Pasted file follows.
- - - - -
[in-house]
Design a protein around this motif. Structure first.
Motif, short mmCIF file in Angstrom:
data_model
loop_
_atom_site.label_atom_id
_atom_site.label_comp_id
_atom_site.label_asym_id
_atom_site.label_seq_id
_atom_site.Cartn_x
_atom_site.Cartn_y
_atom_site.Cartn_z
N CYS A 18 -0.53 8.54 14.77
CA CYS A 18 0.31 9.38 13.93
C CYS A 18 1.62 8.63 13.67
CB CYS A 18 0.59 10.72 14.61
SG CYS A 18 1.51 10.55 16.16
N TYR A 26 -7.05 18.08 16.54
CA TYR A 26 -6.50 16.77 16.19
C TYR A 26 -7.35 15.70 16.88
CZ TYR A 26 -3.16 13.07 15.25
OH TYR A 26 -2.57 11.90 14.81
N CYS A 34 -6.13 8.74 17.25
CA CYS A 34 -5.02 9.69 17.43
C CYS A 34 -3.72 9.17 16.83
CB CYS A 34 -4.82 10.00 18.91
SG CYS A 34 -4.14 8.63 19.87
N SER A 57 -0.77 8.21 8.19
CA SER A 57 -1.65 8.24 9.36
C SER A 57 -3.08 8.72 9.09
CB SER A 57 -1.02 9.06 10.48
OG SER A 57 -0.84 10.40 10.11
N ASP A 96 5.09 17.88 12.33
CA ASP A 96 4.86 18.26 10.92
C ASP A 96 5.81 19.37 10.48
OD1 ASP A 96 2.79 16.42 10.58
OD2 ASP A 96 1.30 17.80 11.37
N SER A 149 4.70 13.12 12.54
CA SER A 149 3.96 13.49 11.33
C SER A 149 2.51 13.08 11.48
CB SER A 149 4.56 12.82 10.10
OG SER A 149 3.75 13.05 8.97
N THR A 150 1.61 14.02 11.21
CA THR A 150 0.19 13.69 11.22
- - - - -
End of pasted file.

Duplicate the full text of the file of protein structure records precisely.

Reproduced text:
[in-house]
Design a protein around this motif. Structure first.
Motif, short mmCIF file in Angstrom:
data_model
loop_
_atom_site.label_atom_id
_atom_site.label_comp_id
_atom_site.label_asym_id
_atom_site.label_seq_id
_atom_site.Cartn_x
_atom_site.Cartn_y
_atom_site.Cartn_z
N CYS A 18 -0.53 8.54 14.77
CA CYS A 18 0.31 9.38 13.93
C CYS A 18 1.62 8.63 13.67
CB CYS A 18 0.59 10.72 14.61
SG CYS A 18 1.51 10.55 16.16
N TYR A 26 -7.05 18.08 16.54
CA TYR A 26 -6.50 16.77 16.19
C TYR A 26 -7.35 15.70 16.88
CZ TYR A 26 -3.16 13.07 15.25
OH TYR A 26 -2.57 11.90 14.81
N CYS A 34 -6.13 8.74 17.25
CA CYS A 34 -5.02 9.69 17.43
C CYS A 34 -3.72 9.17 16.83
CB CYS A 34 -4.82 10.00 18.91
SG CYS A 34 -4.14 8.63 19.87
N SER A 57 -0.77 8.21 8.19
CA SER A 57 -1.65 8.24 9.36
C SER A 57 -3.08 8.72 9.09
CB SER A 57 -1.02 9.06 10.48
OG SER A 57 -0.84 10.40 10.11
N ASP A 96 5.09 17.88 12.33
CA ASP A 96 4.86 18.26 10.92
C ASP A 96 5.81 19.37 10.48
OD1 ASP A 96 2.79 16.42 10.58
OD2 ASP A 96 1.30 17.80 11.37
N SER A 149 4.70 13.12 12.54
CA SER A 149 3.96 13.49 11.33
C SER A 149 2.51 13.08 11.48
CB SER A 149 4.56 12.82 10.10
OG SER A 149 3.75 13.05 8.97
N THR A 150 1.61 14.02 11.21
CA THR A 150 0.19 13.69 11.22